Article: Re-sounding the Abelardo Hall: Vignettes of an Imminent Revival
Re-sounding the Abelardo Hall: Vignettes of an Imminent Revival
By Lisa Decenteceo
It was in February, during the second semester of the 2022-2023 academic year, that the University of the Philippines (UP) fully re-opened amid what seemed to be a waning pandemic. University instructors have been allowed to hold in-person classes for at least half of the semester, a development welcomed by many but embraced by the College of Music (CMu; also known as the Abelardo Hall) at the UP campus in Quezon City, Manila. Although the college persisted with virtual events (despite a perpetual struggle with Philippine internet structures), it has been hard, even somewhat an identity crisis—a sonically vibrant space in the university campus had been “silenced,” as it were, deprived of the diverse, near-unmediated musical activities at its helm and the cultural dynamism that these resonate. Thus, the UP’s re-opening worked like an elixir of sorts that reawakened musical experiences foundational to the CMu.
March 17, 2023 saw the launch of a book called Maceda, Spahlinger and the Dialectics of a “New Music” Praxis in Southeast Asian Modernity by composer and scholar Jonas Baes. Baes offers a Hegelian understanding of modernist art music composition by drawing from the philosophies of German composer Matthias Spahlinger and Philippine National Artist for Music Jose Maceda, and an analysis of select works. Held at the UP Vargas Museum, the launch brought in performances by percussionist Max Riefer of the University of Lübeck, Germany-based clarinetist Nina Janben-Deinzer, and students of the CMu. The event rekindled an Abelardo Hall tradition of re-examining musical identity through stimulating discussions and live music as it sustained the creative-intellectual heritage of Maceda, the revered ethnomusicologist-composer who laid the groundwork for the CMu’s music research programs.
CMu students and guest artists perform for composer and scholar Jonas Baes’s launch, (photo
courtesy of the University of the Philippines Center for Ethnomusicology, 17 March 2023).
Music research at the Abelardo Hall extends toward hosting guest artists from overseas. On February 17, the college welcomed Leonard Eto, an accomplished Japanese percussionist. Although he identifies as a specialist on taiko drums, Eto employs a range of possible approaches on the instrument, as well as on many others, cognizant of the role of hybridity in musical creativity. In effect, Eto offers a refreshing “insider” response to lingering valorizations of authenticity, cultural purity, and on the necessity of innovations within tradition. On March 14, meanwhile, the Traditional Music Society (Tradsoc) of the University of College Cork, Ireland held an Irish traditional music workshop while on an international tour that celebrated St. Patrick’s Day. Organizers moved the event from the UP CMu Museum of Instruments to the UP Dance Studio. The latter provided better accommodation for an unexpectedly large turnout and for the cultural exchanges that took place: CMu students attempted Irish folk songs and step dancing while Tradsoc members tried the Philippine dance tinikling. The audience offered an enthusiastic, if not boisterous, reception, one that had, until that point, been rarely seen and that the guest artists and organizers found immensely rewarding.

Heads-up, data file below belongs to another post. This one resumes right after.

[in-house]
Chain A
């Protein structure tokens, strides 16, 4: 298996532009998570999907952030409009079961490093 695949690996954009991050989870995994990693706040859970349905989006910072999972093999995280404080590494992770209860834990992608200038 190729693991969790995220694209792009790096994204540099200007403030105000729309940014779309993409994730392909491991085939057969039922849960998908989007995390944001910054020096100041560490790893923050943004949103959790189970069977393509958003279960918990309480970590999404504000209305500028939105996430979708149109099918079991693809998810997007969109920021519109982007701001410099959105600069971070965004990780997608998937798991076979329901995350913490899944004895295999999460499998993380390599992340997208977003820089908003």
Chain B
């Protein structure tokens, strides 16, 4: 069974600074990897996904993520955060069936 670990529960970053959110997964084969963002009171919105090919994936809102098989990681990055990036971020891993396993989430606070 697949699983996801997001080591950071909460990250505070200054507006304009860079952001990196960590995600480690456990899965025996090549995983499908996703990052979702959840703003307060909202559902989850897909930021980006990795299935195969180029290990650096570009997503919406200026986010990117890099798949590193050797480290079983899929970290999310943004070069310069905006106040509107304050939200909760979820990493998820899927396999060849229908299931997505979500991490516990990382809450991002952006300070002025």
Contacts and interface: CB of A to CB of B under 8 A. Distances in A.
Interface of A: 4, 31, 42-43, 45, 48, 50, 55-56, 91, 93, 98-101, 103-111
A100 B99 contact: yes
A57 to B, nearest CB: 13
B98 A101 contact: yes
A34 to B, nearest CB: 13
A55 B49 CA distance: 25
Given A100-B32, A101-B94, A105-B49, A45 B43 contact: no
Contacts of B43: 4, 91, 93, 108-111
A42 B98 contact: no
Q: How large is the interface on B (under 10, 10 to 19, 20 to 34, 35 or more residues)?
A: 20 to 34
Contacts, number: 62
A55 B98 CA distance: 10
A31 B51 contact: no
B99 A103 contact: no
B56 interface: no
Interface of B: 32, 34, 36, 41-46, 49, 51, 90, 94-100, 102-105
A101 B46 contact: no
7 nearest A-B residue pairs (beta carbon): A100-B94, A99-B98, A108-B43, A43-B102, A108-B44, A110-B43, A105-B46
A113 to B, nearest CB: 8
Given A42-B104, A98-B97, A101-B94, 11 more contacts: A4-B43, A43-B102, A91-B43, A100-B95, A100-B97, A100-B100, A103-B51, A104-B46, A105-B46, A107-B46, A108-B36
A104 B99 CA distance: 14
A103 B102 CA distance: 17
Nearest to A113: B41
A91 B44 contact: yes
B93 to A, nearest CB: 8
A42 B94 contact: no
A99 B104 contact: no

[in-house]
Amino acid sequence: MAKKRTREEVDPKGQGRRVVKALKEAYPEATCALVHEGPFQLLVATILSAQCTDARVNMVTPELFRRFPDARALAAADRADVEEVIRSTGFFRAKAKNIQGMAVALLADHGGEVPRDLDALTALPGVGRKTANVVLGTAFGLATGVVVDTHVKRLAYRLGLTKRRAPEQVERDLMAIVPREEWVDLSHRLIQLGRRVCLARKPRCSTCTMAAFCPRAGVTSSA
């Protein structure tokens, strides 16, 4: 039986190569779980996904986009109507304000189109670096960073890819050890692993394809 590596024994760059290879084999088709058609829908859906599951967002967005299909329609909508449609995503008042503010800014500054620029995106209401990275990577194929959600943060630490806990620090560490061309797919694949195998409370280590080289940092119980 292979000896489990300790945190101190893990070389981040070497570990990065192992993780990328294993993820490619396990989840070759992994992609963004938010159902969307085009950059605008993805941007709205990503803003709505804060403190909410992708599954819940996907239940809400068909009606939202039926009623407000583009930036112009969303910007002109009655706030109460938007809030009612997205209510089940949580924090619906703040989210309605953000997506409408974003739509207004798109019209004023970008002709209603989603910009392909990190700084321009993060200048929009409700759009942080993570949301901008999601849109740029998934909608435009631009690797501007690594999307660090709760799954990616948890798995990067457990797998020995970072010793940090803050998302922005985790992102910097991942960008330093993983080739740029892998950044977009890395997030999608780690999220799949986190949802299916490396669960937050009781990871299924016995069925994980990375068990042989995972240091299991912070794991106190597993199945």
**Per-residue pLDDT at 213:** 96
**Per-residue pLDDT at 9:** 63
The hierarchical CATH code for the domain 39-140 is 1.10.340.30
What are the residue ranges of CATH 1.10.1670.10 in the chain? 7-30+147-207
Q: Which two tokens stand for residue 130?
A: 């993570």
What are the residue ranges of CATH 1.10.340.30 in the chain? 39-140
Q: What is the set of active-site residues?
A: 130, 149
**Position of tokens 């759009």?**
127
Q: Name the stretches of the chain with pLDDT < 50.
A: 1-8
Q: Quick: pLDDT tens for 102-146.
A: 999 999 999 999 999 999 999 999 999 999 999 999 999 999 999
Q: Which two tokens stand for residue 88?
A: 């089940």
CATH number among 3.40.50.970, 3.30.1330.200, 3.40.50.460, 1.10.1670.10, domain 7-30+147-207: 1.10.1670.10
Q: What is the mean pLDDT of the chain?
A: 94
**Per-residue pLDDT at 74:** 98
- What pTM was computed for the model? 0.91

Leonard Eto during the Traditional Japanese Drum Workshop
(photo by Ma. Patricia Brillantes Silvestre, 17 February 2023).
Members of the Traditional Society of Music at the University College Cork, Ireland treat
the CMu community to a workshop on Irish step dancing. In an exchange, CMu dance students
teach them the basics of the tinikling dance(grabbed from videos by
Ma. Patricia Brillantes Silvestre, 14 March 2023).
Toward the end of March, the UP Tugtugang Musika Asiyatika (TUGMA), one of the CMu’s student organizations, hosted the seventh iteration of “Asian Music Week: Samot-Sari” (roughly, “various,” “diverse,” or “mixture”). It included a culminating concert that featured performances of music from the Northern and Southern Philippines, on the rondalla ensemble, and the Javanese gamelan, following days of traditional music workshops led by the organization. Although overwhelmed by participants, TUGMA enjoyed the privilege of educating students who are not typically exposed to “non-Western” musics. Further, the inability to use the Abelardo Hall Auditorium, a default venue for most CMu happenings, due to a long-haul renovation, was perhaps less of an inconvenience than a blessing that week. Obliging the use of an outdoor venue, it helped to create a familiar soundscape of gong, bamboo instruments, and percussion that permeated from the Abelardo Hall courtyard through the college and beyond.
An assembly of Southeast Asian gongs and drums at the CMu courtyard for the TUGMA’s
Samot-Sari culminating concert (photo by Ma. Patricia Brillantes Silvestre, 30 March 2023).
A rondalla ensemble takes center stage during the TUGMA’s culminating concert
(photo by Ma. Patricia Brillantes Silvestre, 30 March 2023).
To be sure, music schools everywhere revel in the emergence from quiet and isolation, but the feeling that comes from one’s own reinvigoration is special. Although the above snapshots merely amount to four within a span of a month and exclude many other musical moments, they readily reveal a glimpse into the wealth of music-making that takes place at the CMu and serve to enliven the spirits of CMu community members who had barely set foot at the college in the past three years. Most of all, perhaps, they offered a sense of nostalgia and rootedness—admittedly, a sense of home—to those who know the college best.